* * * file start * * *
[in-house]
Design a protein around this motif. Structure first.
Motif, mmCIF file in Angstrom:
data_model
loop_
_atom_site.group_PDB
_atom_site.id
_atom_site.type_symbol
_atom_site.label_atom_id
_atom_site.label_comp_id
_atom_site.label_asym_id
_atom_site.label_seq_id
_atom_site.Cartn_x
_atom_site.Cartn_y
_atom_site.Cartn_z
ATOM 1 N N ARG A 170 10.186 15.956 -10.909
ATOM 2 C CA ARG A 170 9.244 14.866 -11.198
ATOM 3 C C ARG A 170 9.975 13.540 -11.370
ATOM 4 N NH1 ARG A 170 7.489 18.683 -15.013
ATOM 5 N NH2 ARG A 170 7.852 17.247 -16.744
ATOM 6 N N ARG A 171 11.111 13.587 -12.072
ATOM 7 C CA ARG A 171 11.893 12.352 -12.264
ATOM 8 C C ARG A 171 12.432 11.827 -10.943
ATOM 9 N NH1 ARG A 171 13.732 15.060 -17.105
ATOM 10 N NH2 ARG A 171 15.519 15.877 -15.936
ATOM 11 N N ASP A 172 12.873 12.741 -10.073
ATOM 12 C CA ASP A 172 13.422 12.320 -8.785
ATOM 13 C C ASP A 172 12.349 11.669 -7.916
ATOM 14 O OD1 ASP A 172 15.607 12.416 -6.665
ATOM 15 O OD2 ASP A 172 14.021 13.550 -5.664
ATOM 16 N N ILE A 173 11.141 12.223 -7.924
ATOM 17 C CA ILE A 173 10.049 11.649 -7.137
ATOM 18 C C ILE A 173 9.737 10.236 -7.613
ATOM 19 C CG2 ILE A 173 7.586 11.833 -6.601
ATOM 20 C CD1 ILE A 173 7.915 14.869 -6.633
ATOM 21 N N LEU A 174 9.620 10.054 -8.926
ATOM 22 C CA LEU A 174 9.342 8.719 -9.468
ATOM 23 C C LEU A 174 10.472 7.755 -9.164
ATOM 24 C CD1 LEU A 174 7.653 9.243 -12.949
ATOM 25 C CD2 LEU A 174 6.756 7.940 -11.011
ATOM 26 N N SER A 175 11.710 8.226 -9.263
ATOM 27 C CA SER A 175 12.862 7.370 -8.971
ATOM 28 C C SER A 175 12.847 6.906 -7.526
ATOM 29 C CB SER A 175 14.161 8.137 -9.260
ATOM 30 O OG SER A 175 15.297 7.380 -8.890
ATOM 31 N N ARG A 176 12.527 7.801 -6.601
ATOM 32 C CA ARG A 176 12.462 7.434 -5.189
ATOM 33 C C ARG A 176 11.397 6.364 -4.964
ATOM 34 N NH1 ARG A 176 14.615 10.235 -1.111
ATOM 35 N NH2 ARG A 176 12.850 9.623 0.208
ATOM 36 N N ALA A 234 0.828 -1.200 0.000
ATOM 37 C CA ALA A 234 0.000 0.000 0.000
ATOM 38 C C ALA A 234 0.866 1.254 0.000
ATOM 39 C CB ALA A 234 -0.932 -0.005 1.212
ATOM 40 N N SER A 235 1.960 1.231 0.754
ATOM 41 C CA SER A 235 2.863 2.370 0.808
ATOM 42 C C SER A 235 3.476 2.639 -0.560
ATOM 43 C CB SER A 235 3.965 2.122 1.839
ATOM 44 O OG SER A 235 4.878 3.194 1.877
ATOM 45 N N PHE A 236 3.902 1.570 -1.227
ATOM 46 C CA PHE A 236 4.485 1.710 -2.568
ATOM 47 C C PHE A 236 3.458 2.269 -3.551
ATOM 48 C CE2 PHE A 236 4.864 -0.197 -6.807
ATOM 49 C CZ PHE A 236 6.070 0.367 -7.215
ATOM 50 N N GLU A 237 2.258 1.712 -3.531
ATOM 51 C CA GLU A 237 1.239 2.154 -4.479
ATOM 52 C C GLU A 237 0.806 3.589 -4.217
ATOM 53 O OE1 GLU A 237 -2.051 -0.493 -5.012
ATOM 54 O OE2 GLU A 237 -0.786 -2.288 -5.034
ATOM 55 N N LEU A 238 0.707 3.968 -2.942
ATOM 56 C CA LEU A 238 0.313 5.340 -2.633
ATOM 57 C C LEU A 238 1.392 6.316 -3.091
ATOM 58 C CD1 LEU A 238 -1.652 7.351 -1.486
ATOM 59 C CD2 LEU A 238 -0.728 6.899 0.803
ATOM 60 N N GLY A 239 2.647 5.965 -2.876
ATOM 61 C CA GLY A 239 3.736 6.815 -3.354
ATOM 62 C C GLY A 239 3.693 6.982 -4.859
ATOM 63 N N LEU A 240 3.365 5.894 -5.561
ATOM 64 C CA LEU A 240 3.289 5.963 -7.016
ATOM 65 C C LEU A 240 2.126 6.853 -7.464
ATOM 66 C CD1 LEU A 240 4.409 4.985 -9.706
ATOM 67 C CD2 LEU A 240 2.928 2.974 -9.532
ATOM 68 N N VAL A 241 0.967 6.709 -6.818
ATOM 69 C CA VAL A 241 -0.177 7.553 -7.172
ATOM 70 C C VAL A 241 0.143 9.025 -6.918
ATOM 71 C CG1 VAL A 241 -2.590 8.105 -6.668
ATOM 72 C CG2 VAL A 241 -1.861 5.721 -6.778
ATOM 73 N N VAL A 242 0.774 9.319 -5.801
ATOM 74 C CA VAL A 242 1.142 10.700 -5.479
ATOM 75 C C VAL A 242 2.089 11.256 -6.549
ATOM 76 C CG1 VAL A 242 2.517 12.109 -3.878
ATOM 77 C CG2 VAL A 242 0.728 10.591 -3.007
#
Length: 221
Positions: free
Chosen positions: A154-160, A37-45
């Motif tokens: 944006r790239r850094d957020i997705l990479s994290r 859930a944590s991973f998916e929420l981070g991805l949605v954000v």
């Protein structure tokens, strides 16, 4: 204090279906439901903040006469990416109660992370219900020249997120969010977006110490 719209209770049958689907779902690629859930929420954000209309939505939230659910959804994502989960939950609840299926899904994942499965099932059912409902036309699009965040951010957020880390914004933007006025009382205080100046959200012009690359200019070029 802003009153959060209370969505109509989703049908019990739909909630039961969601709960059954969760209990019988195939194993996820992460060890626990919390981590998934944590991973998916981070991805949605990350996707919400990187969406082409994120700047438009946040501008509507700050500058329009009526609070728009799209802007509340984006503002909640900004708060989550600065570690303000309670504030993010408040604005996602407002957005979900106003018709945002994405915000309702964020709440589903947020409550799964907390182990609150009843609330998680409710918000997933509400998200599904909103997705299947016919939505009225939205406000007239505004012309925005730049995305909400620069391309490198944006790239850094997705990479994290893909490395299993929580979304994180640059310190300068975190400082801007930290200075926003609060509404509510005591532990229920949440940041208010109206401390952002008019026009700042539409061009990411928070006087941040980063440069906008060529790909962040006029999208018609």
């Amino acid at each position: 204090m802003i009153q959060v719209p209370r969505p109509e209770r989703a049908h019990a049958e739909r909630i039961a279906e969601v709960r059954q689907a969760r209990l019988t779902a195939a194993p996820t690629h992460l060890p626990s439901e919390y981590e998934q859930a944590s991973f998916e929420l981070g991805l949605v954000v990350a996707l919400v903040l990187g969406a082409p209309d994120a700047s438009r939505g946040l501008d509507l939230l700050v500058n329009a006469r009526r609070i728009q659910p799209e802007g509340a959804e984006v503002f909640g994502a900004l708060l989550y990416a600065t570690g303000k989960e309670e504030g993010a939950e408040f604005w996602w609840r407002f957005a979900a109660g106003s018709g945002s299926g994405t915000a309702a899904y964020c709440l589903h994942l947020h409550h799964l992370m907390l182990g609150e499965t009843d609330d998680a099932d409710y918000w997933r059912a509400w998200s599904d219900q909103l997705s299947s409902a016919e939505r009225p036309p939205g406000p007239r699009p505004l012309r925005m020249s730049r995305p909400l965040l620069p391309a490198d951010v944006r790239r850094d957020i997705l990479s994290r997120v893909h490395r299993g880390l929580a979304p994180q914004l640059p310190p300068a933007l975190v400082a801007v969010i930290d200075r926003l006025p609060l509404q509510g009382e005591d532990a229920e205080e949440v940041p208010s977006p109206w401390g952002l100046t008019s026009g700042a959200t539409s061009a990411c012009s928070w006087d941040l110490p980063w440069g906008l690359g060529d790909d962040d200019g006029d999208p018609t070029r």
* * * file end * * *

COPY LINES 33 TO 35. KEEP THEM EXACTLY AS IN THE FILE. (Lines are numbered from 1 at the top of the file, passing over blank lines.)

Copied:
ATOM 18 C C ILE A 173 9.737 10.236 -7.613
ATOM 19 C CG2 ILE A 173 7.586 11.833 -6.601
ATOM 20 C CD1 ILE A 173 7.915 14.869 -6.633